• In Scotland the cab that picked us up stopped at atm so we could get local currency. I travel with a capital one 360 debit card for cash and have never had an issue. Years ago I had a problem with atm from my credit union in Amsterdam, but worked fine in Germany.
  • Smacks, what on earth do you need $1000 on a Tauck tour, they are virtually all-inclusive
  • We always get local currency at an ATM once we arrive and almost always right in the baggage claim area (Munich, Edinburgh, Naples, etc.) We pick up our bags, get money and look for the driver holding a TAUCK sign with our name on it. The whole process only takes a few minutes.
  • We always use ATMs, but always have Euros left over from our previous trips (usually 100-200) so we can hit the ground running. Of course this constitutes a sort of bet on currency exchange rates (we've lost some, gained some over the years). It also gives us the mentality of "our next trip to Europe." I've told Ms. Portolan to shoot me if I ever say "this is our last trip."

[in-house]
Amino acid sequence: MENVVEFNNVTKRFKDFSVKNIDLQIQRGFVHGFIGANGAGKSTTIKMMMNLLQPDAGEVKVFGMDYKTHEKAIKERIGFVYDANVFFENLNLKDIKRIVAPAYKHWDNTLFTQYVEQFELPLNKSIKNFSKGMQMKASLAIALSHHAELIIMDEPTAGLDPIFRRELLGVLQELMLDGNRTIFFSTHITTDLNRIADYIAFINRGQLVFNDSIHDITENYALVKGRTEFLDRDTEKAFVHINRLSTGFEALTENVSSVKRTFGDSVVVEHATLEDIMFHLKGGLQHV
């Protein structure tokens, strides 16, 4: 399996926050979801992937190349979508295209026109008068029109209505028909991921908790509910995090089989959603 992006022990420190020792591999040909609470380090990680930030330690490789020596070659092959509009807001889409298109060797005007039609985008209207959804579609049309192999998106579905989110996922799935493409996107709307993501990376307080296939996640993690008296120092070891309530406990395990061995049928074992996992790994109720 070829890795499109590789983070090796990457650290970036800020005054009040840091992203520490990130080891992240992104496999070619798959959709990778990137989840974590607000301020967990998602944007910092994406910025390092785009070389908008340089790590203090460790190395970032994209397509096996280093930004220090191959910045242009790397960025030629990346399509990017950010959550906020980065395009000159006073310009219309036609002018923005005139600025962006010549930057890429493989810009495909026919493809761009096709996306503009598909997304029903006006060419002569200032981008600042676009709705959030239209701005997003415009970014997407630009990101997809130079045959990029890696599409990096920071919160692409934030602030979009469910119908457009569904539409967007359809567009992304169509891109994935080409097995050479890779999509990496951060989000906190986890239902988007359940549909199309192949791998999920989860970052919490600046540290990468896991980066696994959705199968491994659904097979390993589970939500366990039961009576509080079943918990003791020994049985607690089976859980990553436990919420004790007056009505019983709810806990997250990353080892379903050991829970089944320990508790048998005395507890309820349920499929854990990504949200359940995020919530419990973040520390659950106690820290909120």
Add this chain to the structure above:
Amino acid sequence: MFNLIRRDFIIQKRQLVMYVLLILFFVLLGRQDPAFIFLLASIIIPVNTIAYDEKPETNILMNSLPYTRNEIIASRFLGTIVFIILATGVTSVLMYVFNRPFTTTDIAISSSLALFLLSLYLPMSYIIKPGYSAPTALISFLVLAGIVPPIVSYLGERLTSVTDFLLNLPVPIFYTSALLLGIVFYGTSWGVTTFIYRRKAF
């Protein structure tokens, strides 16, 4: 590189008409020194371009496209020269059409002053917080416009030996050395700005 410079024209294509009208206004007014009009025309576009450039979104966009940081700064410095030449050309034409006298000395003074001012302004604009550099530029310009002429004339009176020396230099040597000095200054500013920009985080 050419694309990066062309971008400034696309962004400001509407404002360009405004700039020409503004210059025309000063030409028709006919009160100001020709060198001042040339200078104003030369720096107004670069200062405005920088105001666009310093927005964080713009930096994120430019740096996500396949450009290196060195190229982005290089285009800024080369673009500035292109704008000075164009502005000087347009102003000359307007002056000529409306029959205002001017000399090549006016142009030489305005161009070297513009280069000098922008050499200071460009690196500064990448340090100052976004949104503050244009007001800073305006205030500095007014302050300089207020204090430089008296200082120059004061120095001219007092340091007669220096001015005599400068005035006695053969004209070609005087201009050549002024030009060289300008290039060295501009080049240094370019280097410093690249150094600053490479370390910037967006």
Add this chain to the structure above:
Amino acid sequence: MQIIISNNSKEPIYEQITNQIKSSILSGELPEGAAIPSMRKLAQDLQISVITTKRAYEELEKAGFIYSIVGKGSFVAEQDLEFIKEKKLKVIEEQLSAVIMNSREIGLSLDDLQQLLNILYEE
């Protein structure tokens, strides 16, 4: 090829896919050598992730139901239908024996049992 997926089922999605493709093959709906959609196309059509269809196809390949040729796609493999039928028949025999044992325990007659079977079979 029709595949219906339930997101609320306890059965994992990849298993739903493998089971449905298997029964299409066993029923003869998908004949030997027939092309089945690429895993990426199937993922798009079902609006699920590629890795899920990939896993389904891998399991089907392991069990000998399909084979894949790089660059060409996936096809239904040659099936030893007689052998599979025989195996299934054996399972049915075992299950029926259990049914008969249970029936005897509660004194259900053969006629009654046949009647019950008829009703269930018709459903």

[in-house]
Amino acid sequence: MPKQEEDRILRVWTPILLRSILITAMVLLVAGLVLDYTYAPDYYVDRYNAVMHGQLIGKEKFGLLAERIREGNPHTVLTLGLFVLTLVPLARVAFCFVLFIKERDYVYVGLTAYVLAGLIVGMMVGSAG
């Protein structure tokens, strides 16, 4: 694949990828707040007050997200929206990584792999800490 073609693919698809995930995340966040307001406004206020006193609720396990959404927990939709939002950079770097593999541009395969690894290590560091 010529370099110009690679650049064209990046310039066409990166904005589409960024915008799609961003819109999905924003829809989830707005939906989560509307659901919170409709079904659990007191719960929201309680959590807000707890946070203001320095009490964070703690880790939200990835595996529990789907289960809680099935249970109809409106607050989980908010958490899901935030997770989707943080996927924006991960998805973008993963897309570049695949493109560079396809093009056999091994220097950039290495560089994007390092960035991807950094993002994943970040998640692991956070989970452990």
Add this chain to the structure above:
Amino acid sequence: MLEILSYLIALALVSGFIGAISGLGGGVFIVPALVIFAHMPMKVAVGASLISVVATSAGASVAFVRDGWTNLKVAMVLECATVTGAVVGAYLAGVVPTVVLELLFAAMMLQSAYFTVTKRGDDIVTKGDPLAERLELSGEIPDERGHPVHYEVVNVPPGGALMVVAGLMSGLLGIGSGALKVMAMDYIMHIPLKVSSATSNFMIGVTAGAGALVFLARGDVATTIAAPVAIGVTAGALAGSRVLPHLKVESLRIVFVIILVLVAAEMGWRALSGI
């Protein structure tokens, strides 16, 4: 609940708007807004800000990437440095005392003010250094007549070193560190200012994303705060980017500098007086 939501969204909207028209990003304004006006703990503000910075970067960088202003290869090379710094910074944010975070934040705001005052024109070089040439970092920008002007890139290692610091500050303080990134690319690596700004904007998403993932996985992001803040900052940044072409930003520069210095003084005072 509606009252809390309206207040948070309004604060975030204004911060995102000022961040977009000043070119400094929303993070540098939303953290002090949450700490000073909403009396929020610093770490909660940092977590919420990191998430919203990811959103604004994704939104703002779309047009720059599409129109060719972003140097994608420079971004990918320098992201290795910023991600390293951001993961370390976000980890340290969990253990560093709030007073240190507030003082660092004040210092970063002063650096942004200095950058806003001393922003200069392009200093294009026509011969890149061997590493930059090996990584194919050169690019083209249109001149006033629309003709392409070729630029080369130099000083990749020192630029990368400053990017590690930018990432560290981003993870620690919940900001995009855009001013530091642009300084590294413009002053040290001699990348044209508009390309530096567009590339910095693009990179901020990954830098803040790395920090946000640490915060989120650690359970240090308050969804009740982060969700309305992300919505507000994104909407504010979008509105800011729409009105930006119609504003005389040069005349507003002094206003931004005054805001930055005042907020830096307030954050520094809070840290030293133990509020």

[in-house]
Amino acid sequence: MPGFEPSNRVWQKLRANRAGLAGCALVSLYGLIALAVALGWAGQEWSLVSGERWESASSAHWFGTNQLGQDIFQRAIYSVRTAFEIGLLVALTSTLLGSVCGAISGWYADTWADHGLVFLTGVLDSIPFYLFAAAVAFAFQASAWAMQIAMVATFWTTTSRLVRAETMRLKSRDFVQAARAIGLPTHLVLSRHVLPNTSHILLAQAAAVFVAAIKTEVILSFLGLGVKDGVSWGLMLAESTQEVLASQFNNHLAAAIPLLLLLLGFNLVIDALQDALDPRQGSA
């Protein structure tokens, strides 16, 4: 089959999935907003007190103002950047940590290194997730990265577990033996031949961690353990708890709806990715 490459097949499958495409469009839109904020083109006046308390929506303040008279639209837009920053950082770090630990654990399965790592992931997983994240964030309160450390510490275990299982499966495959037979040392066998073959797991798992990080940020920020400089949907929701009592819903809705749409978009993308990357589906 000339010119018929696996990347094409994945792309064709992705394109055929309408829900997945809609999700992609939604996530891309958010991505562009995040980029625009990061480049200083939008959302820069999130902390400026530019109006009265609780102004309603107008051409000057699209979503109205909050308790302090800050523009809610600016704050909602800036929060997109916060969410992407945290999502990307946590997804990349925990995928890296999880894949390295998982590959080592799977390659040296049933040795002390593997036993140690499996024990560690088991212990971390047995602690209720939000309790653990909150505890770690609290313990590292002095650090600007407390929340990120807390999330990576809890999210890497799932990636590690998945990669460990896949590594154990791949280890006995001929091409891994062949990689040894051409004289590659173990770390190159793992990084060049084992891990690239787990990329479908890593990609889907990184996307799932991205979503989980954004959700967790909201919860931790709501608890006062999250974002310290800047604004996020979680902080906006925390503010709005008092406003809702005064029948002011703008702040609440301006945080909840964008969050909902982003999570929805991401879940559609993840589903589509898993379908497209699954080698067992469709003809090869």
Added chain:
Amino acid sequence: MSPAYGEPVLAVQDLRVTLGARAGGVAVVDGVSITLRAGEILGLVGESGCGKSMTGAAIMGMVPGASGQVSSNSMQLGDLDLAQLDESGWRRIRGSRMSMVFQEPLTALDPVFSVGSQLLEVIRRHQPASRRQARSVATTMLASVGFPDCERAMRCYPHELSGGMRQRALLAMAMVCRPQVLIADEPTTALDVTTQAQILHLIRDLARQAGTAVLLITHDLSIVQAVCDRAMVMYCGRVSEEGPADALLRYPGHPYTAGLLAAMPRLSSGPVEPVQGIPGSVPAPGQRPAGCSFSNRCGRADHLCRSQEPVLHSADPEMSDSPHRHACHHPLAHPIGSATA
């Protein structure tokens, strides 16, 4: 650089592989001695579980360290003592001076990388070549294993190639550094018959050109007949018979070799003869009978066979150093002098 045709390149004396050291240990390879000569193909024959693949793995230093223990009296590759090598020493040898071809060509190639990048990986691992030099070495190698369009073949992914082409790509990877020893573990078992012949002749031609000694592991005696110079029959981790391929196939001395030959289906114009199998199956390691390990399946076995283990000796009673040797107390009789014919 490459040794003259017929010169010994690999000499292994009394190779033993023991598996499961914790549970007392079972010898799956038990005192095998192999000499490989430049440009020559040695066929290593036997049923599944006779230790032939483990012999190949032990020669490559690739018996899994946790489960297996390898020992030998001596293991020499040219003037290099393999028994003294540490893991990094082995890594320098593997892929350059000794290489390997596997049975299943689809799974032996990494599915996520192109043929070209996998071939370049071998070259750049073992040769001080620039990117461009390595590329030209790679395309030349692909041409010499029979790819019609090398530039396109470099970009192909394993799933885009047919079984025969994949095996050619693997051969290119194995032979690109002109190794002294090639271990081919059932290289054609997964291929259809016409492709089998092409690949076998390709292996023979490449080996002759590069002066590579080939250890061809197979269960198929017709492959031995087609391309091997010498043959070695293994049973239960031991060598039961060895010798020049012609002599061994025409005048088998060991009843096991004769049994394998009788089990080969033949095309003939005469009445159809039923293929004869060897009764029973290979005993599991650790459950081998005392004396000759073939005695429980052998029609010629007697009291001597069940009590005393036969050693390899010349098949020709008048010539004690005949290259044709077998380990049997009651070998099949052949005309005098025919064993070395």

• We also get a small amount of currency (typically $100 equivalent) at an ATM when we land at the airport. One doesn't need a lot of foreign currency with Tauck, as they take care of most things. We use foreign currency for the time on our own for things like coffee and small things.

    U$ are accepted almost everywhere, but you may pay poor exchange rates. If yo use US$, have clean, un-ceased money as my small stores won't take "dirty" money. By the way, most US banks don't have crisp dollars on hand (except at Christmas time). so ask a friendly teller to save some for you.

    In some countries, it is hard to find an ATM that uses English.

    Good luck

  • Sorry, most European countries do not accept dollars in stores.
  • I have been to Germany several times. It is best to get euros before leaving the U.S. Some small restaurants, etc. do not accept credit cards. I have never had problems getting euros at atm's in Germany and at most German banks you can get euros. The romantic road is a real treat. One of the prettiest places I have been.
  • We have only ever taken money out of ATM's twice on Tauck tours, once in India and once in Italy. We sometimes take a smallish amount of local currency with us, but sometimes none depending on where we are going. Occasionally, if we know there will be an opportunity to buy a special souvenir because we have researched a particular location and suspect only cash is likely to be accepted, we take more. We just find there is rarely time to find an ATM on the tours because the itineraries are so busy. Sometimes there are no stores to buy anything and sometimes every meal is included. To have to deliberately find time to get to an ATM is a waste of site seeing time in our opinion. We do take enough money for our Tour guide tip and keep it separate with envelope and notepaper.